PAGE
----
Date Awarded

2018

Document Type

Thesis

Degree Name

Master of Arts (M.A.)

Department

History

Advisor

Hiroshi Kitamura

Committee Member

Hannah Rosen

Committee Member

Andrew Fisher

Abstract

The first chapter, "The Heteronormative Gaze: Early Scholarly Discourse on Third/Fourth Gender Native Americans and the Construction of the Indigenous Other," takes an intellectual history approach, focusing on early anthropological studies which contained accounts of queer/non-binary persons in Native American culture during the early twentieth century. It also examines how this academic discourse shaped the perspective on these individuals and the development of certain terminology over the last century. This chapter analyzes a range of early anthropological literature published between 1903 and 1955 in the academic journal, American Anthropologist, by a number of scholars in the field, including W. W. Hill, Elsie Clews Parsons, and others. The second chapter, "Reconstruction of the Non-Western 'Other': Sympathetic Interpretations of Race and Gender in Wilkie Collins's The Moonstone," explores the historical relationship between British imperialism and the anxieties within the Metropole surrounding Indian people and culture during the second half of the nineteenth century as it is reflected in Wilkie Collins's The Moonstone. Additionally, this chapter enumerates the ways in which Collins's representation of race and gender associated with non-western colonial subjects contrasted to that of other white Victorian observers. Despite that both chapters focus on different global regions, and employed two distinct forms of literature for the primary source analyses, the central topic of both chapters revolve around gender and sexuality in the context of British colonialism during the nineteenth and early twentieth centuries.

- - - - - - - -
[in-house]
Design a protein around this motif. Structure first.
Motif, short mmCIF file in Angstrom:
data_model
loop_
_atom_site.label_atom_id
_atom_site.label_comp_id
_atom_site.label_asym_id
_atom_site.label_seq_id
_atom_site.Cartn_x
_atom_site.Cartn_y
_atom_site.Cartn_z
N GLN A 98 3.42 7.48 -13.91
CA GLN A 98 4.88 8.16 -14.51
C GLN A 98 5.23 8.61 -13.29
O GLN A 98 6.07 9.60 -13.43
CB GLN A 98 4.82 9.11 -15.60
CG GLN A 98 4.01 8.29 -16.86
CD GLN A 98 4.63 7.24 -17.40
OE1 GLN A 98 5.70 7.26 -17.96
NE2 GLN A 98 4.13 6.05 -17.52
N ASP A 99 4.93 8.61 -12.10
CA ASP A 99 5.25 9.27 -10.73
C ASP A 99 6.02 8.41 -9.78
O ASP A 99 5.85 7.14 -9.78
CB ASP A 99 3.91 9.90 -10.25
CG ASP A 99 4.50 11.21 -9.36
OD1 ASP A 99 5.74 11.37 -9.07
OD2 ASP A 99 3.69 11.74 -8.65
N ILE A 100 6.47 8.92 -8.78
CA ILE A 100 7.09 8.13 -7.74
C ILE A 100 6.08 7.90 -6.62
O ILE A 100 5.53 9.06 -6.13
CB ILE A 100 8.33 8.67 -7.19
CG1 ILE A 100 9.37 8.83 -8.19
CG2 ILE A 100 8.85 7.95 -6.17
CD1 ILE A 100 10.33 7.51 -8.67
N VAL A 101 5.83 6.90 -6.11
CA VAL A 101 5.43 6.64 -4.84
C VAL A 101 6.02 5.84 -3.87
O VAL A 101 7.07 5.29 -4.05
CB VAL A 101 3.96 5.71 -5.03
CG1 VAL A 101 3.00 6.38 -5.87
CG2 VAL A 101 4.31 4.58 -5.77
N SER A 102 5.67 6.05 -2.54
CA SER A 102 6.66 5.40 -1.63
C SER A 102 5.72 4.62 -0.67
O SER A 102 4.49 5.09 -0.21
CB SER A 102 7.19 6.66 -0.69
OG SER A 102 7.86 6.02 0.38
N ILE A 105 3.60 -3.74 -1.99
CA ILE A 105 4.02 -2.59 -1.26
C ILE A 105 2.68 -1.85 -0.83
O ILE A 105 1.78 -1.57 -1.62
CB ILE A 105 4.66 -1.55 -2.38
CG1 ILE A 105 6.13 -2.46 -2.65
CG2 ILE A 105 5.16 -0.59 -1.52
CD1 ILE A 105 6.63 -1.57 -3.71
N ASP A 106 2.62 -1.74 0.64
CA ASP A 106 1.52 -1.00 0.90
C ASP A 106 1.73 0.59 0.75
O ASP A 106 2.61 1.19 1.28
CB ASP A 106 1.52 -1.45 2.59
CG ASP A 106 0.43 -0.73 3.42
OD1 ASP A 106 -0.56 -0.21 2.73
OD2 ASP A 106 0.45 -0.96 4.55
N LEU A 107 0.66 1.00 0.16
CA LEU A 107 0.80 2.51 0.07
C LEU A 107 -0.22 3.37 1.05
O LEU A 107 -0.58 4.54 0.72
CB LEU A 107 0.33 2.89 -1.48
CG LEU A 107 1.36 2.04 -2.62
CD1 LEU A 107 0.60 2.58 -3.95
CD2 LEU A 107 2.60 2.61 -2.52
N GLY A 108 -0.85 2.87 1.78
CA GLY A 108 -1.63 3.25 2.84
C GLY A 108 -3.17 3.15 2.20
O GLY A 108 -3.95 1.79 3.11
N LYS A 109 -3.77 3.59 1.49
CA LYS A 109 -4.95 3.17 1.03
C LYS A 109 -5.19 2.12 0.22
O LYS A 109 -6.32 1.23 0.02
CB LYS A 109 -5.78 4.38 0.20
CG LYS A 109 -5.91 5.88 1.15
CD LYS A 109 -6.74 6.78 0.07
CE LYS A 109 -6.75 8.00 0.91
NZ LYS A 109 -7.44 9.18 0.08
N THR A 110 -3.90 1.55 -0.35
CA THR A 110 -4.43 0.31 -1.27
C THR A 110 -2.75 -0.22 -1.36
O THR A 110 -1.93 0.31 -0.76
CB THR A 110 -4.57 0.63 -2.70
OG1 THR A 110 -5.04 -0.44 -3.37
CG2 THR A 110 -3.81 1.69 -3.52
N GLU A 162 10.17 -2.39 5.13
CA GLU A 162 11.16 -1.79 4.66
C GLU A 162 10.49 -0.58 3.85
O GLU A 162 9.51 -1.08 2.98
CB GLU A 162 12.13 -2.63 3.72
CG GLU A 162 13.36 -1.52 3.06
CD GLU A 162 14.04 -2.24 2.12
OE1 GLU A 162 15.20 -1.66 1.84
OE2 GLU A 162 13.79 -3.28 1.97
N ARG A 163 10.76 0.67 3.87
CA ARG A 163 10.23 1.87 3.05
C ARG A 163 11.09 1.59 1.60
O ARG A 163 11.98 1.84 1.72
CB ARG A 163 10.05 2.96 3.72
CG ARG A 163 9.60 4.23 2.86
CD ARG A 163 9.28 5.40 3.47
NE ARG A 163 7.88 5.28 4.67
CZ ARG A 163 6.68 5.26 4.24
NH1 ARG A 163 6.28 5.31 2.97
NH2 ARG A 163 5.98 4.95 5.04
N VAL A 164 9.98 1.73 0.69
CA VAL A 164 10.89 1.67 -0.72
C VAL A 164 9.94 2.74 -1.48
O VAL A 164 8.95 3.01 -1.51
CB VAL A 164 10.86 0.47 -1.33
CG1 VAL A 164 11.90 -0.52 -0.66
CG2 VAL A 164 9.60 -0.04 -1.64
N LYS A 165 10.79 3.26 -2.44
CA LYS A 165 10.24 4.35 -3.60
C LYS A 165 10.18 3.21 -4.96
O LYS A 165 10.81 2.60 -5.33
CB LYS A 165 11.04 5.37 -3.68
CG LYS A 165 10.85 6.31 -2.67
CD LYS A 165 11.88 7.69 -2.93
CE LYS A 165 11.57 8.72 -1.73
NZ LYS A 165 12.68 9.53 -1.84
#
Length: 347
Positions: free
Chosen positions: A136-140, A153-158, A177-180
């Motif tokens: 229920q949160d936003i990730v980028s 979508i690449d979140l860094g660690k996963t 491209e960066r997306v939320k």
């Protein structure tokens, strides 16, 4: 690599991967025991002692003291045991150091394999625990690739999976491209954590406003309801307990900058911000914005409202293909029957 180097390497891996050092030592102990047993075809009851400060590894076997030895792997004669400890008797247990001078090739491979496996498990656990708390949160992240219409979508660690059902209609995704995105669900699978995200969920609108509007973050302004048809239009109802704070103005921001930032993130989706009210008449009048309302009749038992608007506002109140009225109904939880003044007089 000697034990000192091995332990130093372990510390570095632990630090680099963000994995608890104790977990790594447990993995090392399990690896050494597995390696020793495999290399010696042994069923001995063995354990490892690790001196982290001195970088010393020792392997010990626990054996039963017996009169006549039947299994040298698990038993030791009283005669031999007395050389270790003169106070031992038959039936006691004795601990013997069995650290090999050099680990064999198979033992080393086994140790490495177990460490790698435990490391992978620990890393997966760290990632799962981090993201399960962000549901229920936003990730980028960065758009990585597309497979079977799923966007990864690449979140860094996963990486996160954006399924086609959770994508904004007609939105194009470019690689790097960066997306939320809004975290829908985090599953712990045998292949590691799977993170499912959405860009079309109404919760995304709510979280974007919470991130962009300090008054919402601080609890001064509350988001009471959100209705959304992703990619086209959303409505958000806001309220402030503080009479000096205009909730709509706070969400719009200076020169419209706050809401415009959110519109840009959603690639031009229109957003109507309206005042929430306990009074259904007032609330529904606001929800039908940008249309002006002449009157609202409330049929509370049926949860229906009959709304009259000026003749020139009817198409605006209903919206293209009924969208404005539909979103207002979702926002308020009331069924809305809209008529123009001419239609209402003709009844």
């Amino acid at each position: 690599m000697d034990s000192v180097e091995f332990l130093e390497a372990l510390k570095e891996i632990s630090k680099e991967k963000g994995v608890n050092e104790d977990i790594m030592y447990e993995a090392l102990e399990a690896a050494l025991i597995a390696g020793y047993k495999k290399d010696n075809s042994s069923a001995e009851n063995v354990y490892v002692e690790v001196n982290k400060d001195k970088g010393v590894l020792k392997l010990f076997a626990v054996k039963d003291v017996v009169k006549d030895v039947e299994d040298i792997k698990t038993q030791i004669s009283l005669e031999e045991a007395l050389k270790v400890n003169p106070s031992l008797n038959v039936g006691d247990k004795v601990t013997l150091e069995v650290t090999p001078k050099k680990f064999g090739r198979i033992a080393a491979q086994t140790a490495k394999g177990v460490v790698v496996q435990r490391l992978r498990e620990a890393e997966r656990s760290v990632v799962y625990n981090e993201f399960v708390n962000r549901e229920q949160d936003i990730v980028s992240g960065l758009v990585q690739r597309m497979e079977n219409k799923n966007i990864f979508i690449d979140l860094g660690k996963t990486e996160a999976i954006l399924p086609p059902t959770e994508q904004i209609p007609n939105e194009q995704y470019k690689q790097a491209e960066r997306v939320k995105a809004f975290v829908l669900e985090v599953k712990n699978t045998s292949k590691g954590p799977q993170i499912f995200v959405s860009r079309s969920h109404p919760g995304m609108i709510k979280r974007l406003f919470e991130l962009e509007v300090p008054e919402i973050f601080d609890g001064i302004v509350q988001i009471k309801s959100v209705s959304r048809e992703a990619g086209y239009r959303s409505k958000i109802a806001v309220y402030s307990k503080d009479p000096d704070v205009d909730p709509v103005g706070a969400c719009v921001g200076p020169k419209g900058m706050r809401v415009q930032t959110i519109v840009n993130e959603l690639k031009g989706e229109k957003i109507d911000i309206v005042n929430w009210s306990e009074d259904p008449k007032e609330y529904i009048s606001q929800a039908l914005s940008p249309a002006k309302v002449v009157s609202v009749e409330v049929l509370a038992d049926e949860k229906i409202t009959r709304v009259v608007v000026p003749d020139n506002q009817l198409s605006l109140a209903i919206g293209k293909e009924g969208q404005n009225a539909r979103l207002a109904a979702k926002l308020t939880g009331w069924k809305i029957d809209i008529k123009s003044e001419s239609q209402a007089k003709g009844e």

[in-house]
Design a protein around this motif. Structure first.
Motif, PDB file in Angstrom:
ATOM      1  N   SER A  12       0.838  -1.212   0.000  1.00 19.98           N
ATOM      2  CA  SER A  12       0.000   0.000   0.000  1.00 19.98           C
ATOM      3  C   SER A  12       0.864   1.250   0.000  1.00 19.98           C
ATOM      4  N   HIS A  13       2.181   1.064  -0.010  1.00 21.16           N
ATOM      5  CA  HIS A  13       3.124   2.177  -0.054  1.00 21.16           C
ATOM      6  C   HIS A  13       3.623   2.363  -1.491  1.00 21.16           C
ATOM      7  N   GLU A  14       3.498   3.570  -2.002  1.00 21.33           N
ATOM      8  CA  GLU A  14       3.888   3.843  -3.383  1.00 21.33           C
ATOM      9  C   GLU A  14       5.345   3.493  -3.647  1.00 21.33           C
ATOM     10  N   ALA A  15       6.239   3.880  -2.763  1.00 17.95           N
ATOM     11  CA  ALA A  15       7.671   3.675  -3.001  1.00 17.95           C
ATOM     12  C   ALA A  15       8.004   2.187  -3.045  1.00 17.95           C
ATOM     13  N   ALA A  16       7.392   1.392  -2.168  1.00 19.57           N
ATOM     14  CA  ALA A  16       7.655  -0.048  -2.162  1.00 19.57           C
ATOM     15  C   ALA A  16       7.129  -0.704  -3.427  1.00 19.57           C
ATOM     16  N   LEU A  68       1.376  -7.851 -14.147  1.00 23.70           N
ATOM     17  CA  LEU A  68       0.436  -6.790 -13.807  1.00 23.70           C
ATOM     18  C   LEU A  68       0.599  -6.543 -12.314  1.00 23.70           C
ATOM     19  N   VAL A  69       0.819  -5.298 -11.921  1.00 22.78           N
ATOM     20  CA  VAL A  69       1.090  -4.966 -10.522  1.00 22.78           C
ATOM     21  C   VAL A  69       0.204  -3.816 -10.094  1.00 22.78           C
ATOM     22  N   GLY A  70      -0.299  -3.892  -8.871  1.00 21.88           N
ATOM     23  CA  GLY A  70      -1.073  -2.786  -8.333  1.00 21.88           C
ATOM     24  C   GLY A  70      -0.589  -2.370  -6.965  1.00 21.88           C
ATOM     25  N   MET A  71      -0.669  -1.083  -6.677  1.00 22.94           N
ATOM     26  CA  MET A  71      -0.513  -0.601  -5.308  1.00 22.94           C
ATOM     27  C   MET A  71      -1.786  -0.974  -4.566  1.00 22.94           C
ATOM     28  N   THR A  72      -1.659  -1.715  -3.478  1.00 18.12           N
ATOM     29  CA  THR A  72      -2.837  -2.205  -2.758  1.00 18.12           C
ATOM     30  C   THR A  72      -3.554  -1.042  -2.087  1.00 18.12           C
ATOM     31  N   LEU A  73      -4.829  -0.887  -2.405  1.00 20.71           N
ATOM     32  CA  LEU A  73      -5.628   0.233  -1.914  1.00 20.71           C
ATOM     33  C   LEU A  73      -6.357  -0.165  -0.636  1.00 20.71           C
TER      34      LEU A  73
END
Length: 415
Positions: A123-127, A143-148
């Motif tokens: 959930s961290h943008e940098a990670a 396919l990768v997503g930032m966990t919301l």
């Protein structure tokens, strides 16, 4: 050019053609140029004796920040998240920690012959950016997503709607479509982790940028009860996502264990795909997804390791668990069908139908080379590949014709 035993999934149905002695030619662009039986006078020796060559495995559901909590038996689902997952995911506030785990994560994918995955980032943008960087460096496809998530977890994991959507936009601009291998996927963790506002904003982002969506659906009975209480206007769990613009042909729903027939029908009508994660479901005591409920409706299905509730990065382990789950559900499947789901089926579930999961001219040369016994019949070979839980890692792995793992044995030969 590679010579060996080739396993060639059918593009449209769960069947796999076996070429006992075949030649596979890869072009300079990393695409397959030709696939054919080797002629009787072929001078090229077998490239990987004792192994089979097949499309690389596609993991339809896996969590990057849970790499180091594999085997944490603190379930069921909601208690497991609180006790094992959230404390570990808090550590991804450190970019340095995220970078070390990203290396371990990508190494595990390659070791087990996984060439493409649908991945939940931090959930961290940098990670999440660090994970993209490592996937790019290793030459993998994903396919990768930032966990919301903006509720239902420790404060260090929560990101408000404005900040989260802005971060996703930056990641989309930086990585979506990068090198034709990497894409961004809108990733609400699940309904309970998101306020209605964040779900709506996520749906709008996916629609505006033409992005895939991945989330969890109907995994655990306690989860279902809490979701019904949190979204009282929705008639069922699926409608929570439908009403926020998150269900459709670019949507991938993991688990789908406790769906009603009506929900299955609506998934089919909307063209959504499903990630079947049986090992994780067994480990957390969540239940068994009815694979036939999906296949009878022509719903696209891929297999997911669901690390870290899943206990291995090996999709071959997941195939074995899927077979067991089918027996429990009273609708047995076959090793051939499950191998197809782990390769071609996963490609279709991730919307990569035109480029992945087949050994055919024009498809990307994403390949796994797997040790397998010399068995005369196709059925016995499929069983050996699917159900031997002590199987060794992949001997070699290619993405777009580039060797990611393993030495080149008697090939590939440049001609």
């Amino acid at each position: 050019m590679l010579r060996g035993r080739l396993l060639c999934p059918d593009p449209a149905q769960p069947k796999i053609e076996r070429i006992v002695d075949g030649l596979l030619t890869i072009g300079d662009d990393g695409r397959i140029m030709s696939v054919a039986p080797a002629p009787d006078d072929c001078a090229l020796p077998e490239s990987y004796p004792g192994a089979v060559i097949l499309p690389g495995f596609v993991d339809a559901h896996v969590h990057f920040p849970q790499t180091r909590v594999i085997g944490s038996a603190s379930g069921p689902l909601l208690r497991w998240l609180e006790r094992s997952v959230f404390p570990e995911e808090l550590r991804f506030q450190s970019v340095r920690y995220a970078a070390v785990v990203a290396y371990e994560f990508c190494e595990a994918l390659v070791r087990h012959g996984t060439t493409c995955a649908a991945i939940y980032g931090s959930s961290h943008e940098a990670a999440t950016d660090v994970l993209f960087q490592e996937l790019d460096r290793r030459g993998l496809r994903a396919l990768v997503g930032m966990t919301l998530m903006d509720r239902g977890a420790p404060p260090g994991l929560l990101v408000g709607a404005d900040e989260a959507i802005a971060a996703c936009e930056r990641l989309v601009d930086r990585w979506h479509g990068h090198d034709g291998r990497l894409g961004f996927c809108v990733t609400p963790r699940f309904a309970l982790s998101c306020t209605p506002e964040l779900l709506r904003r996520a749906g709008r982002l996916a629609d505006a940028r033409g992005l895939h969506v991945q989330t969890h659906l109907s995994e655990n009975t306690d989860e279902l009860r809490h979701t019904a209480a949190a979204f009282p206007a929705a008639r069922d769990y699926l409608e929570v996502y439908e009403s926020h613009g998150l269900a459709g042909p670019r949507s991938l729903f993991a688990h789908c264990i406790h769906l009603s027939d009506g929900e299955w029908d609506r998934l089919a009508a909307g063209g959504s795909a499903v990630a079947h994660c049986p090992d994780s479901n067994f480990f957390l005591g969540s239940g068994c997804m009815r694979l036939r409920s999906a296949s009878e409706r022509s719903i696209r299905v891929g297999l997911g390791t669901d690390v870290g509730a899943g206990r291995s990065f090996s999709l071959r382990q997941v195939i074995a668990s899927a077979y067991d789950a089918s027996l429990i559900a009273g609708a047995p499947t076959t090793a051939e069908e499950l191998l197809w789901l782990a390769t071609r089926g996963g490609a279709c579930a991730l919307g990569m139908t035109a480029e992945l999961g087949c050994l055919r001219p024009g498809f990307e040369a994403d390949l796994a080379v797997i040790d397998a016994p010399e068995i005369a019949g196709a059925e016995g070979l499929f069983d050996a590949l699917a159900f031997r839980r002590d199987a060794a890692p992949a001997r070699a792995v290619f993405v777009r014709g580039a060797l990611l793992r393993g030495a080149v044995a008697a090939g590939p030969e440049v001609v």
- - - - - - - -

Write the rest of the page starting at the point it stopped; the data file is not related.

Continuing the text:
DOI

http://dx.doi.org/10.21220/s2-k5b1-z197

Rights

© The Author

Available for download on Thursday, August 01, 2024

Included in

History Commons

Share

COinS